Evolve, Week 2
For full context, see the description of my Art Home School Curriculum.
I found new motivation this week with traditional oil painting and the Evolve Artist program. I would have done more work, but you have to do a painting in one sitting before it dries so it can be hard to plan out the work time. It’s possible to extend the drying time with clove oil, but I have a cat and clove oil is apparently harmful to cats and birds, so I don’t use it. On top of that, I usually submitted my homework around 6 pm and couldn’t proceed to the next lesson until homework was graded, which usually happened around 10 am the next day. That said, I’m happy to finish one painting a day. They’ve been taking around 5–6 hours each.
Block 1, Part 2
The goal is blend smoothly from one value to another. I did pretty terrible. I didn’t understand how delicate you have to be and how little paint to use.
Block 1, Part 3
I assume we practice this same exercise twice because most people find it difficult. I still couldn’t get the paint to blend smoothly.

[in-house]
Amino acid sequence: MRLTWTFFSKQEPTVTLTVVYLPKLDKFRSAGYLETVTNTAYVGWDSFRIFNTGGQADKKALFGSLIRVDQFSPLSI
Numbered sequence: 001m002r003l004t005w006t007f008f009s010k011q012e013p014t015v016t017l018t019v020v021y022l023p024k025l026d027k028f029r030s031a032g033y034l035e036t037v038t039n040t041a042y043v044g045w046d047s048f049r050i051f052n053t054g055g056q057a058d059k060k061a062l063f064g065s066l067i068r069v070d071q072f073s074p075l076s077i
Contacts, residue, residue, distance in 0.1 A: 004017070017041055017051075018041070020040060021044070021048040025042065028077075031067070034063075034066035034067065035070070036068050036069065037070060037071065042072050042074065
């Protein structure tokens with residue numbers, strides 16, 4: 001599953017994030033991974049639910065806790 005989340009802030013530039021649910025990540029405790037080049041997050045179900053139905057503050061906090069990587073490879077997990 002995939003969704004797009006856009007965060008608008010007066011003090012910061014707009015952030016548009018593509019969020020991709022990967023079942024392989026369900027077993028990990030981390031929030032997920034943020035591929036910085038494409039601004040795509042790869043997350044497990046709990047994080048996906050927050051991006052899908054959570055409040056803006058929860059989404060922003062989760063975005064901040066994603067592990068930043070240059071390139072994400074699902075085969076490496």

Block 1, Part 4
Here I had trouble with paint puddling up on the edges. You need just enough paint to get coverage, but not enough to puddle up.
Block 1, Part 5
I started to get a little better with gradients here, but there are still distinct shifts in value from shadow to light rather than a smooth transition.
Block 1, Part 6
Block 1, Part 7
I was much happier with this gradient. The feedback from the instructors is always the same: “smoother gradients.”
Block 1, Part 8
Here I think the shadow value of the top cube should have been the darker value. We are only allowed to use 4 values: 2 light and 2 shadow. If something is closer to the darkest dark, it’s an extreme shadow, and if something is closer to the lightest light, it’s an extreme light. Values in between have to fall one way or the other. Eventually we’ll use a whole value range, but it’s simplified in the beginning.
I really enjoyed painting this week. Filling in little squares of canvas reminds of of when I was doing Bargue drawings. Back then I felt like I had to tickle the paper with a pencil for hours to get the right value and fill in all the tiny holes. I didn’t really enjoy it. With oil paint the process is similar (tickling the canvas until things are just right), but I actually do enjoy it. I have two more simple paintings to get, and then we add highlights and reflections.